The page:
While the government’s Economic Reconstruction and Recovery plan and the Presidential Employment Stimulus Programme sound promising, they are not sufficient. For instance, while the third phase of the Presidential Employment Scheme (PES) has been announced, only R9.2 billion has been allocated per year for the next two years. This is a decline from the first phase of the PES in which R12.9 billion was allocated. The test for these plans and programmes remains whether the state is capable of efficiently implementing what has been promised at a scale that can address the magnitude of the socio-economic crisis we are experiencing. With more than 12 million people unemployed, and youth unemployment having reached alarming proportions, it is unlikely that enough jobs can be created anytime soon for the millions who are unemployed, facing food insecurity and despair. The introduction of additional job creation programmes to address youth unemployment is a step in the right direction.
The SRD Grant is not a handout or a burden, but a constitutional imperative which aids economic growth and is an investment in our collective future given its proven positive benefits. A large body of research has shown that income support leads to better nutritional and educational outcomes, social cohesion, job seeking behaviour and stimulates local economies. It encourages economic activity and helps to empower women who bear the burden of unpaid Caregiving work and Gender-Based Violence.
The online platform to access the grant is exclusionary the introduction of digital technology in the administration of social assistance can and will further entrench economic and racial inequality, if not managed carefully and balanced with the issues of access through a hybrid application system. There are beneficiaries and recipients who do not own or have access to digital technology including devices (i.e., laptop, desktop, cell phone); interconnectivity (i.e., WIFI, modems and opportunities to hotspot) or data to participate and access the social grants for which they are eligible. According to SASSA the grant will continue to be managed electronically, within the limited resources that SASSA has. in the light of the government wanting to reduce the size of the public service – not grow it. In order for the SRD grant to achieve its goal of alleviating poverty and providing a buffer to hunger and poverty it is crucial for the Department and SASSA to be provided a budget for human capacity to be able to facilitate a hybrid application system to be more accessible and allow for additional documents to mitigate reconsideration/in support of appeals.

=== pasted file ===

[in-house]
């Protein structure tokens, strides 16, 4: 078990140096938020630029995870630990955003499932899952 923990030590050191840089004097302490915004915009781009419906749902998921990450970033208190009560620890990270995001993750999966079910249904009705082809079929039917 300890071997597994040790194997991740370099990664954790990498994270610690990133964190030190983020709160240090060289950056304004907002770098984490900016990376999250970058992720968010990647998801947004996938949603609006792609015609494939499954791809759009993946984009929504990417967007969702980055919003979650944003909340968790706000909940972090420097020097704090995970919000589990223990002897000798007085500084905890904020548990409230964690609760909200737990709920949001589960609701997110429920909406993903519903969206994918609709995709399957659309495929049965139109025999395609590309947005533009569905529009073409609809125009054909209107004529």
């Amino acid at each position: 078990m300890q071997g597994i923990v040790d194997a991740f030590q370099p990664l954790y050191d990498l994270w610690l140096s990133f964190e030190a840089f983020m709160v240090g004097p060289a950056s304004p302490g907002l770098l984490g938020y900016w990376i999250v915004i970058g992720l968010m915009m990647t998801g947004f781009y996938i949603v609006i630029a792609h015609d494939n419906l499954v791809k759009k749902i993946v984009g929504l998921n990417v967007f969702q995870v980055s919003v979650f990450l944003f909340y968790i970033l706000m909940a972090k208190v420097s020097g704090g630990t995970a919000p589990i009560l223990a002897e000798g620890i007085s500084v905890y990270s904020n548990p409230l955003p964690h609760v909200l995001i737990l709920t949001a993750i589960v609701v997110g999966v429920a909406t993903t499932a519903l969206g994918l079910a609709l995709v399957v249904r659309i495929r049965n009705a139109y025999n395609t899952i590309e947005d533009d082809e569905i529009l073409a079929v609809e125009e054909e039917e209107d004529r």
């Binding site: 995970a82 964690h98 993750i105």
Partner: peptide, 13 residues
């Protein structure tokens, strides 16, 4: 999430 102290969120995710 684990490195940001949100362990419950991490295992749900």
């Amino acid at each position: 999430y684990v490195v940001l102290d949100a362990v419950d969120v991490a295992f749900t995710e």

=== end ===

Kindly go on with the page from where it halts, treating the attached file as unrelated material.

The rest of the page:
Permanent basic income support for those aged 18 to 59 years with little to no income is inevitable given the government’s constitutional and international human rights obligations. Despite the undignified and inadequate value of the SRD Grant, and its systemic flaws, it is a work in progress and provides the most immediate pathway to a permanent basic income support programme and ultimately a universal basic income.
Income support for children
More than half of South Africa’s population – around 31 million people – have been born since 1994. If everything were equal, all these people would have been born into adequate living environments that did not pose a risk to them. They would have received immunisation and the health care they needed. They would have received nurturing care and early stimulation, sufficient nutrition and a decent education.
But everything is not equal in South Africa. Nearly three decades into democracy, most children are born poor and the infrastructure and services available to them remain very unequal. Investments in childhood are not discretionary awards: they are the enactment of the socio-economic rights that are enshrined in the Constitution, which sought to remedy the injustices of the past. And they are investments in the country, in the next generation of parents and workers, in social cohesion and in the economy. It is an economic and political imperative to build a stronger, better-nourished, better-educated population.